DA exploring options against Inxeba censorship

Please find attached a soundbite by the DA Shadow Minister of Communications, Phumzile Van Damme MP.
The DA  rejects the Film and Publications Board’s (FPB) Appeal Tribunal’s report on the reasoning behind the decision to reclassify the film Inxeba to a rating of X18.
The report has stated that “The target market, which in our view is the 16years old is not reasonable familiar with the practises of initiation schools as described by the appellants [and that] preexposure to such acts of sexual conduct is harmful and disturbing to this age group.”
Furthermore the report states that: “The following classifiable elements were agreed to by classification committee, i.e language which is frequent and moderate to story. The violence is mild to moderate and fairly frequent. The nudity is low impact and infrequent. Sexual related activity inclusive of anal and oral sex were found to be mild to moderate impact and fairly frequent.”
These are simply not sufficient reasons to give Inxeba such a harsh rating and the FPB can be assured that this decision will not go unchallenged.
The DA is currently exploring our options to fight what is a violations of the Constitutional right of freedom of  expression, including artistic creativity.
The FPB’s rating is nothing short of censorship.
The producers of this film have been brave in exploring daring and important themes and stories, that many others have been too afraid to explore. The DA commends their bravery and we will explore every option to ensure that every South African con watch Inxeba at cinemas across the country.

Inxeba X18 rating is nothing short of censorship

Please find attached a soundbite by the DA Shadow Minister of Communications, Phumzile Van Damme MP.  
The DA strongly condemns the Film and Publication Board (FPB) Appeal Tribunal’s decision re-classify the film Inxeba to a rating of X18.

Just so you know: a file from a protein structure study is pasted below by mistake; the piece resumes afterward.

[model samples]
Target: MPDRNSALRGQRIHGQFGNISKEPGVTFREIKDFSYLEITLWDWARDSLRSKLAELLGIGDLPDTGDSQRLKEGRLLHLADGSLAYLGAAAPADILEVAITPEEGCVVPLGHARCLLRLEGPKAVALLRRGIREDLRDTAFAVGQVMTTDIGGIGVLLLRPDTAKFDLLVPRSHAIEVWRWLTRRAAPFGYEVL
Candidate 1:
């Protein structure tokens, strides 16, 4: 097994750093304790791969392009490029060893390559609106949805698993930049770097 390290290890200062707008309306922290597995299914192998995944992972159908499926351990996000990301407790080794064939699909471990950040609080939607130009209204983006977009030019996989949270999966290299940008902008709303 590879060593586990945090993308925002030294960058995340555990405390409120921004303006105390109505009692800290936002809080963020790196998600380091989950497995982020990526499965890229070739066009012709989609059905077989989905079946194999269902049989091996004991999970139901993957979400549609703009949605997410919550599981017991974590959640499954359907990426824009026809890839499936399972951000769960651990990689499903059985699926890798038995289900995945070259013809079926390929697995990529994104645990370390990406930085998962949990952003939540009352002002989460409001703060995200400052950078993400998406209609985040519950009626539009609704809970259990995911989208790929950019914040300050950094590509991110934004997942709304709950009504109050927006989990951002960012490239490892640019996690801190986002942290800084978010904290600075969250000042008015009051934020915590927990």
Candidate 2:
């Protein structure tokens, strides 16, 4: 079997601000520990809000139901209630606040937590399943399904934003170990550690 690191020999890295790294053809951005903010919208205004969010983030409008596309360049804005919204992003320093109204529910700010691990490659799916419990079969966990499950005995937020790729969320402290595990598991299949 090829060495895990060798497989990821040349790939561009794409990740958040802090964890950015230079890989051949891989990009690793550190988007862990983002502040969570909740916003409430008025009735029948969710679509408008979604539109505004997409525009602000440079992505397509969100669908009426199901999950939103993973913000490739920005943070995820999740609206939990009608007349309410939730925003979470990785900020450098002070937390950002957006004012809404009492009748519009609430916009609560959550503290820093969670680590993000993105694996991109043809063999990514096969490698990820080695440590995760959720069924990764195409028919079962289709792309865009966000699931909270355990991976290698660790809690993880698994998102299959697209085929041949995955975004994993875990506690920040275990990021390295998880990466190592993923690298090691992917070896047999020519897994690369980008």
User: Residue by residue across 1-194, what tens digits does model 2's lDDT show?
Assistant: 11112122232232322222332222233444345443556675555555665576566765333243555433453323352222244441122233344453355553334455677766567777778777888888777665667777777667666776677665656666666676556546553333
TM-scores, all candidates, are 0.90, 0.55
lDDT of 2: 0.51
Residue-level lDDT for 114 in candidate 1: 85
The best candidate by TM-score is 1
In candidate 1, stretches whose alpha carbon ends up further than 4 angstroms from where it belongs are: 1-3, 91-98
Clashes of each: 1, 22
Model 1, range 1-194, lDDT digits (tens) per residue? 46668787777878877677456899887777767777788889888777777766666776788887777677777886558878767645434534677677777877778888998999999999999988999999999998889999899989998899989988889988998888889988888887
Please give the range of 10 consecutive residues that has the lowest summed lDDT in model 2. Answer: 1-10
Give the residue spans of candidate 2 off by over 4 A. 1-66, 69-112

X18 is one of the most severe ratings a film or publication can receive, one step away from an outright ban.
The X18 rating means that the film can only be “distributed from designated adult premises” and “cannot be screened in cinemas or any other platform that is not a designated adult premise as defined by the Film and Publications Act no 96 of 1996”.
This means that the film will have to be pulled from cinemas and only allowed to be shown at stores with licenses to distribute pornographic material.
We encourage the producers of Inxeba to fight, fight, fight, all the way to the highest court in the land by urgently taking this decision on review.
It is a shame that the FPB’s Appeal Tribunal buckled to pressure from patriarchs and homophobes, instead of siding with the Constitution, the supreme law of the land.
Section 16 of our Constitution’s Bill of Rights expresses everyone’s right to freedom of expression, this includes the freedom to receive or impart information or ideas as well as freedom of artistic creativity.
This decision by the FPB is not in the best interest of the public, but rather an attempt to preserve patriarchal ideas of masculinity and tradition.
Inxeba challenges outdated ideas pertaining to manhood, homosexuality, initiation and cultural practices. The producers of this film have been brave in bringing this film to life and we have the responsibility to protect their Constitutional and artistic freedoms.
The DA stands with the producers of Inxeba and encourage them to stand firm against this blatant attempt by patriarchs to silence them.

The DA strongly condemns the violence and intimidation over Inxeba film